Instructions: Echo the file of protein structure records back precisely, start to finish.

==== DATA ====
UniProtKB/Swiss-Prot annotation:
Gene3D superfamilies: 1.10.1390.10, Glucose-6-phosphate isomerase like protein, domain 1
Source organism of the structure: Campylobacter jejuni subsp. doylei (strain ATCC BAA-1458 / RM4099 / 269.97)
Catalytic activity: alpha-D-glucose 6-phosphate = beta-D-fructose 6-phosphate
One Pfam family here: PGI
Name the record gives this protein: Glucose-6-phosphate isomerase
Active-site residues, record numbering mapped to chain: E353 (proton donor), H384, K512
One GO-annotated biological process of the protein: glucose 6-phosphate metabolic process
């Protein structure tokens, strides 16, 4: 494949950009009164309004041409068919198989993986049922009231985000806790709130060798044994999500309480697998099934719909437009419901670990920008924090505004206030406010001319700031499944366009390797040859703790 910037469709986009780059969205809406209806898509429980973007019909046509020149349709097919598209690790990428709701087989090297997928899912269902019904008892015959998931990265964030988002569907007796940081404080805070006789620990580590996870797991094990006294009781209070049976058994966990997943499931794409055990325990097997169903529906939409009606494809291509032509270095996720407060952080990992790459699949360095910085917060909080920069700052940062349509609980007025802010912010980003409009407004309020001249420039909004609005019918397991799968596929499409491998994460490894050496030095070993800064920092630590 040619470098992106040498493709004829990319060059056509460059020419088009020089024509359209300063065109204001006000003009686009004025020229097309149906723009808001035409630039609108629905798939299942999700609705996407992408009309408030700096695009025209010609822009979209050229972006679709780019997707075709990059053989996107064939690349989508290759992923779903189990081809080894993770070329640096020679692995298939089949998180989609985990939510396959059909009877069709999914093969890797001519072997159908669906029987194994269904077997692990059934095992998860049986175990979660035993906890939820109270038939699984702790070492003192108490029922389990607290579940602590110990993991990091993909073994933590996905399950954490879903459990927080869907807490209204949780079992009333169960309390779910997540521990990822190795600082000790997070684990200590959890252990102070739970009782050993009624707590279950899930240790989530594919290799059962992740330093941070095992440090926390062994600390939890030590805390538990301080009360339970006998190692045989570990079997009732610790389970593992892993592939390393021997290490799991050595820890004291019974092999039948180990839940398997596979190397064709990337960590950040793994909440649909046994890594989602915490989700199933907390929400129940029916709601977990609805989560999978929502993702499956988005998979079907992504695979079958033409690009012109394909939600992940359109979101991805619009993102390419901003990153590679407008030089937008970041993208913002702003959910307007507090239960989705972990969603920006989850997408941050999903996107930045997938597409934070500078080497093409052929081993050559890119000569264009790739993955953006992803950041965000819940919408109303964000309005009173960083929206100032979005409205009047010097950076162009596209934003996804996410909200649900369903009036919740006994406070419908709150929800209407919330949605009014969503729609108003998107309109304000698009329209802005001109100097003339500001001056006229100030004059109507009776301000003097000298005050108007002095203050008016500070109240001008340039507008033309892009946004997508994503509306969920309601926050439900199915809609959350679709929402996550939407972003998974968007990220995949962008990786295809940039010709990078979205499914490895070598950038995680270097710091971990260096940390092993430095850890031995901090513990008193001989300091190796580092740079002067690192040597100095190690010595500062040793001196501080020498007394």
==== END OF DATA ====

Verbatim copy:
UniProtKB/Swiss-Prot annotation:
Gene3D superfamilies: 1.10.1390.10, Glucose-6-phosphate isomerase like protein, domain 1
Source organism of the structure: Campylobacter jejuni subsp. doylei (strain ATCC BAA-1458 / RM4099 / 269.97)
Catalytic activity: alpha-D-glucose 6-phosphate = beta-D-fructose 6-phosphate
One Pfam family here: PGI
Name the record gives this protein: Glucose-6-phosphate isomerase
Active-site residues, record numbering mapped to chain: E353 (proton donor), H384, K512
One GO-annotated biological process of the protein: glucose 6-phosphate metabolic process
């Protein structure tokens, strides 16, 4: 494949950009009164309004041409068919198989993986049922009231985000806790709130060798044994999500309480697998099934719909437009419901670990920008924090505004206030406010001319700031499944366009390797040859703790 910037469709986009780059969205809406209806898509429980973007019909046509020149349709097919598209690790990428709701087989090297997928899912269902019904008892015959998931990265964030988002569907007796940081404080805070006789620990580590996870797991094990006294009781209070049976058994966990997943499931794409055990325990097997169903529906939409009606494809291509032509270095996720407060952080990992790459699949360095910085917060909080920069700052940062349509609980007025802010912010980003409009407004309020001249420039909004609005019918397991799968596929499409491998994460490894050496030095070993800064920092630590 040619470098992106040498493709004829990319060059056509460059020419088009020089024509359209300063065109204001006000003009686009004025020229097309149906723009808001035409630039609108629905798939299942999700609705996407992408009309408030700096695009025209010609822009979209050229972006679709780019997707075709990059053989996107064939690349989508290759992923779903189990081809080894993770070329640096020679692995298939089949998180989609985990939510396959059909009877069709999914093969890797001519072997159908669906029987194994269904077997692990059934095992998860049986175990979660035993906890939820109270038939699984702790070492003192108490029922389990607290579940602590110990993991990091993909073994933590996905399950954490879903459990927080869907807490209204949780079992009333169960309390779910997540521990990822190795600082000790997070684990200590959890252990102070739970009782050993009624707590279950899930240790989530594919290799059962992740330093941070095992440090926390062994600390939890030590805390538990301080009360339970006998190692045989570990079997009732610790389970593992892993592939390393021997290490799991050595820890004291019974092999039948180990839940398997596979190397064709990337960590950040793994909440649909046994890594989602915490989700199933907390929400129940029916709601977990609805989560999978929502993702499956988005998979079907992504695979079958033409690009012109394909939600992940359109979101991805619009993102390419901003990153590679407008030089937008970041993208913002702003959910307007507090239960989705972990969603920006989850997408941050999903996107930045997938597409934070500078080497093409052929081993050559890119000569264009790739993955953006992803950041965000819940919408109303964000309005009173960083929206100032979005409205009047010097950076162009596209934003996804996410909200649900369903009036919740006994406070419908709150929800209407919330949605009014969503729609108003998107309109304000698009329209802005001109100097003339500001001056006229100030004059109507009776301000003097000298005050108007002095203050008016500070109240001008340039507008033309892009946004997508994503509306969920309601926050439900199915809609959350679709929402996550939407972003998974968007990220995949962008990786295809940039010709990078979205499914490895070598950038995680270097710091971990260096940390092993430095850890031995901090513990008193001989300091190796580092740079002067690192040597100095190690010595500062040793001196501080020498007394």